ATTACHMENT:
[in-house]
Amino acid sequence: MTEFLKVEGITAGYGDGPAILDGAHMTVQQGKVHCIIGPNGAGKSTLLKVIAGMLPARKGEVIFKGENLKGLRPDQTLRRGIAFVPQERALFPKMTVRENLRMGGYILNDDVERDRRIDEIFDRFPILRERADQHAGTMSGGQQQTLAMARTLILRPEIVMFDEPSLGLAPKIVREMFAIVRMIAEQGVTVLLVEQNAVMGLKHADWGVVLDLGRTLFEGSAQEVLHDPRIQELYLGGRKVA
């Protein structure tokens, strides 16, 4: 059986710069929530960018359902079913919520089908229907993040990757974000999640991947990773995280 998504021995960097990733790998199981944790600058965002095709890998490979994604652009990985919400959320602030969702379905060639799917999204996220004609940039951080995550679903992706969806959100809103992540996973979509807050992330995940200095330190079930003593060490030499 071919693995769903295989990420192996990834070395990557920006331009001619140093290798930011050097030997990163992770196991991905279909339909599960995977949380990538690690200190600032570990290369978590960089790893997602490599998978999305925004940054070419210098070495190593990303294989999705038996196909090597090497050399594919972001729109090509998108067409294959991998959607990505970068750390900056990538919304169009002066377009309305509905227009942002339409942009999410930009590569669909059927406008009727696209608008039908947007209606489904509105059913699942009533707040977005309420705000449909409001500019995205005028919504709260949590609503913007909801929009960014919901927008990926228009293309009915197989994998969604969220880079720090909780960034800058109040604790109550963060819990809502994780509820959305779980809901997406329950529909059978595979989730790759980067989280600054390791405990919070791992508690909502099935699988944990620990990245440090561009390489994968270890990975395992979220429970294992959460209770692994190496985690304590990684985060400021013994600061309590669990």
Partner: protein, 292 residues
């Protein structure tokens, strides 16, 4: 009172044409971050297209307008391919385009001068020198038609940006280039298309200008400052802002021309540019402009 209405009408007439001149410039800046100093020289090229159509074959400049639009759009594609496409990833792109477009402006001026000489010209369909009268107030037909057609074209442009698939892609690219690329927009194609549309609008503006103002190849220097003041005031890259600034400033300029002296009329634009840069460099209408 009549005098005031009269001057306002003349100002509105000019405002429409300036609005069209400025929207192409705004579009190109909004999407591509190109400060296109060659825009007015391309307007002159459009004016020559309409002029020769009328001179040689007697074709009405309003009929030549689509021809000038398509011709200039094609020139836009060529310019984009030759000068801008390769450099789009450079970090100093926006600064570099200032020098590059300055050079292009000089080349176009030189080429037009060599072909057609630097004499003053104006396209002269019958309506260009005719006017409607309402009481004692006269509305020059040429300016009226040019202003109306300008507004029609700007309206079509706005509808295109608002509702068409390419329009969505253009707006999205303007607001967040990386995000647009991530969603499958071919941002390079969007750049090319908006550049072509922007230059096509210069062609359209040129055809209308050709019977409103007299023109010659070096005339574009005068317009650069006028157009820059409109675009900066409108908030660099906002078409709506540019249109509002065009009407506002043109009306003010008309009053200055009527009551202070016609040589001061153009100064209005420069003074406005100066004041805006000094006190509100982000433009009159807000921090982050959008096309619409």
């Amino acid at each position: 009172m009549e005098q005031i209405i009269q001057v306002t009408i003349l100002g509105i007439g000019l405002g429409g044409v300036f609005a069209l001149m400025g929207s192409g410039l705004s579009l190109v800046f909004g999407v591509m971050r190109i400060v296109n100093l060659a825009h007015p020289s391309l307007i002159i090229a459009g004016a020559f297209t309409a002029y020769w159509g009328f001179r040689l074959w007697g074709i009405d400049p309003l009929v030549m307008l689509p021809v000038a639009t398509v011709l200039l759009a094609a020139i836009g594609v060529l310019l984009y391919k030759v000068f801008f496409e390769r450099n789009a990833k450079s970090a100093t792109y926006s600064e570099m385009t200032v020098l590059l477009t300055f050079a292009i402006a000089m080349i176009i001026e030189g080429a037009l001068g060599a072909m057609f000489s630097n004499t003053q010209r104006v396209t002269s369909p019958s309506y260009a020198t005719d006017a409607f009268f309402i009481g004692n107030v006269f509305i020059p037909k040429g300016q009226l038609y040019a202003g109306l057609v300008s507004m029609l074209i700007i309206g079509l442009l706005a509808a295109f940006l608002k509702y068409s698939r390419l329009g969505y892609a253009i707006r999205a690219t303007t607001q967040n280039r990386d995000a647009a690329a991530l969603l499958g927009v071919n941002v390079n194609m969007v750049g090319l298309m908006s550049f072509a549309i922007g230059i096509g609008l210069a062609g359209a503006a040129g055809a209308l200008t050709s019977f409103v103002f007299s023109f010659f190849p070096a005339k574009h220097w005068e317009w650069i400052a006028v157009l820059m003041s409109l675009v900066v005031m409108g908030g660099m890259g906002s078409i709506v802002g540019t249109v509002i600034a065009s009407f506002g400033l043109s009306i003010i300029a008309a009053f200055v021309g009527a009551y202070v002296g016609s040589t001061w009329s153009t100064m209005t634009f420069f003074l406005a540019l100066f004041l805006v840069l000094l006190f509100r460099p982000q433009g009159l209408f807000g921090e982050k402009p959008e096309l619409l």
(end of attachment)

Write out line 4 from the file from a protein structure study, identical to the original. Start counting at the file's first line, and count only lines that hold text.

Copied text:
Partner: protein, 292 residues